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WHICH IS WORSE? 'I'd rather have HIV than diabetes,' one controversial doctor says

By Catholic Online (NEWS CONSORTIUM)
4/21/2014 (2 years ago)
Catholic Online (www.catholic.org)

Diabetes Type II shaves 10 years off peoples' lives

At one time, HIV and AIDS was considered a horrifying death sentence. There was no way to control it, and those who suffered from it would suffer, long painful deaths as their faculties fell away. Diabetes, on the other hand, was a given for those who hereditary propensities for the disease, and almost a given for the elderly and overweight. Today, with protease inhibitors for AISS, which makes it a manageable condition, which is worse .? Dr. Max Pemberton has since made a bold claim. "As a doctor I can tell you that, medically speaking, I'd rather have HIV than diabetes."

Dr. Max Pemberton say that it is now very rare for someone to die of HIV in the U.K. and that, in fact, people with the virus have a very similar life expectancy to people who are HIV-negative.

Dr. Max Pemberton say that it is now very rare for someone to die of HIV in the U.K. and that, in fact, people with the virus have a very similar life expectancy to people who are HIV-negative.

Highlights

By Catholic Online (NEWS CONSORTIUM)
Catholic Online (www.catholic.org)
4/21/2014 (2 years ago)

Published in Health

Keywords: HIV/AIDS, diabetes, life expectancy


LOS ANGELES, CA (Catholic Online) - No one would willingly have either medical condition. Pemberton argues his point by writing in The Spectator, "While this might sound shocking or surprising, the facts speak for themselves: the prognosis for those with Type 2 diabetes is much worse than for those with HIV."

Pemberton say that it is now very rare for someone to die of HIV in the U.K. and that, in fact, people with the virus have a very similar life expectancy to people who are HIV-negative.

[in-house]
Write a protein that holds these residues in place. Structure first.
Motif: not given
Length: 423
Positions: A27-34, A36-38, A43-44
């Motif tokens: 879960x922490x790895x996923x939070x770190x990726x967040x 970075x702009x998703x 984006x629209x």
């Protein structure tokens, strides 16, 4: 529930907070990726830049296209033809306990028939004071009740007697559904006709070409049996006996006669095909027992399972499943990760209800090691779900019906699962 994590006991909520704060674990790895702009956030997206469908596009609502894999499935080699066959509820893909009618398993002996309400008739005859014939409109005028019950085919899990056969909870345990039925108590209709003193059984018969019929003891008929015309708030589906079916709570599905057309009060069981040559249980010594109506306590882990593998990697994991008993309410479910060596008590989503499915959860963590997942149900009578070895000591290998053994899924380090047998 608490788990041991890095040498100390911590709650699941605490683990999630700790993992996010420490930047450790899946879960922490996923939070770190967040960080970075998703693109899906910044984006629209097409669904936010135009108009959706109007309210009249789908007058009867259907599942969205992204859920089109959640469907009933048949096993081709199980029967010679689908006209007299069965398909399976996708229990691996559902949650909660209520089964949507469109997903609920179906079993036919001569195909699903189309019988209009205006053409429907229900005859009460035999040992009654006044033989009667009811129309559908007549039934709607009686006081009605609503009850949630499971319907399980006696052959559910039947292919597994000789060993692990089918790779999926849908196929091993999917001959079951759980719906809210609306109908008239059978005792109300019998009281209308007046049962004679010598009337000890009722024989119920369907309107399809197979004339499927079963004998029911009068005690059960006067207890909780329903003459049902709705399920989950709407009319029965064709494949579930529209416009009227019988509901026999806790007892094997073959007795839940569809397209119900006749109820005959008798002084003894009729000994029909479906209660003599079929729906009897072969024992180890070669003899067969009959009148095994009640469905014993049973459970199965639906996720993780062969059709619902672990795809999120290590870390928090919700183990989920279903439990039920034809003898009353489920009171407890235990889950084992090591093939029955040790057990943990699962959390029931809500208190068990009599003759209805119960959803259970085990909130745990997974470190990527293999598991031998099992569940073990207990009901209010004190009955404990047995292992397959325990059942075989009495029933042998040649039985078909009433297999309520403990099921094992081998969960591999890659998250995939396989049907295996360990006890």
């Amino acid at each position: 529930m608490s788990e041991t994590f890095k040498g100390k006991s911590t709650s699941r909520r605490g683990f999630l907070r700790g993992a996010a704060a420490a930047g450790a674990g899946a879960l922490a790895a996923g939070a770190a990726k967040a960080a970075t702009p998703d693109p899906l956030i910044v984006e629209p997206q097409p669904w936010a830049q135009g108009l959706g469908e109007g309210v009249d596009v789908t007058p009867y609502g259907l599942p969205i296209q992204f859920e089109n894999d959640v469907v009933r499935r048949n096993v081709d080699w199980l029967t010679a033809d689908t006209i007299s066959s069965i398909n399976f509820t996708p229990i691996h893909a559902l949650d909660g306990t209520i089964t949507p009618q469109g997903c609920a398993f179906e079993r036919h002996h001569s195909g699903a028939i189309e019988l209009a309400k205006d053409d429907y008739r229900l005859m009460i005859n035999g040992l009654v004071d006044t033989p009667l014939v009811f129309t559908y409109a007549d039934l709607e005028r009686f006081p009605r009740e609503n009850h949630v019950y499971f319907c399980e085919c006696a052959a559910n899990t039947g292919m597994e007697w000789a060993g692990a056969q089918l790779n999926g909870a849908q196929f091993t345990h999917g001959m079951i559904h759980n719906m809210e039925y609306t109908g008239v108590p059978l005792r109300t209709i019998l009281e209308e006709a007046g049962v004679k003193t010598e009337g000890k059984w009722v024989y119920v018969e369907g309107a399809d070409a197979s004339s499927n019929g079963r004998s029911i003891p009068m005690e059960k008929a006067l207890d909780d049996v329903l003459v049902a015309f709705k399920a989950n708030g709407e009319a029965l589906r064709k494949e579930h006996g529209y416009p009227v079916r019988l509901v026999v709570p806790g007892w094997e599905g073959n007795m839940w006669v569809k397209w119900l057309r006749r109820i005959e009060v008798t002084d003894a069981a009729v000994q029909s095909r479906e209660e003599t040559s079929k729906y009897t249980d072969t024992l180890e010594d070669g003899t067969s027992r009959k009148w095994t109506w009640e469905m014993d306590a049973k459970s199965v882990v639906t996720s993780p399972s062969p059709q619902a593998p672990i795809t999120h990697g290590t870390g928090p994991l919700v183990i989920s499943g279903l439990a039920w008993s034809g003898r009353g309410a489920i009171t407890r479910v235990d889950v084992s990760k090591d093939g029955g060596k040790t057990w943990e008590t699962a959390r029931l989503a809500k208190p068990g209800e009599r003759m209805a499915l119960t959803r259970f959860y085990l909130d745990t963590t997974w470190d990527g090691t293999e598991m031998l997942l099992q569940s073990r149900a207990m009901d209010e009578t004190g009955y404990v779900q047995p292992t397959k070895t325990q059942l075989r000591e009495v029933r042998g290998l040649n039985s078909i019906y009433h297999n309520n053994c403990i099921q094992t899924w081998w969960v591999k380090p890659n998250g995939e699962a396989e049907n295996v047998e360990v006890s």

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Assuming patients take their medication, Pemberton says that HIV patients experience very few problems as a result of their condition.

In contrast, he says the situation is very different for people with Type 2 diabetes.

People with Type 2 diabetes are more than twice as likely to have a stroke as people without the disease, he says.
 
He says they are also four times more likely to have heart disease and that 20 to 30 percent of patient have kidney problems which can lead to the need for regular dialysis.

Diabetes can also lead to blindness, foot ulcers and amputations.

HIV today can be treated very successfully with highly active antiretroviral therapy, or HAART which prevents the development of the opportunistic infections that kill people with untreated HIV/AIDs.

While patients with Type 2 diabetes can also be easily treated with medication, this is not the case.

Diabetes is progressive, meaning people usually end up needing insulin injections and that they suffer serious consequences from having the disease.

"To put it starkly, the latest statistics show that because of HAART, HIV now no longer reduces your life expectancy, while having Type 2 diabetes typically reduces it by ten years."

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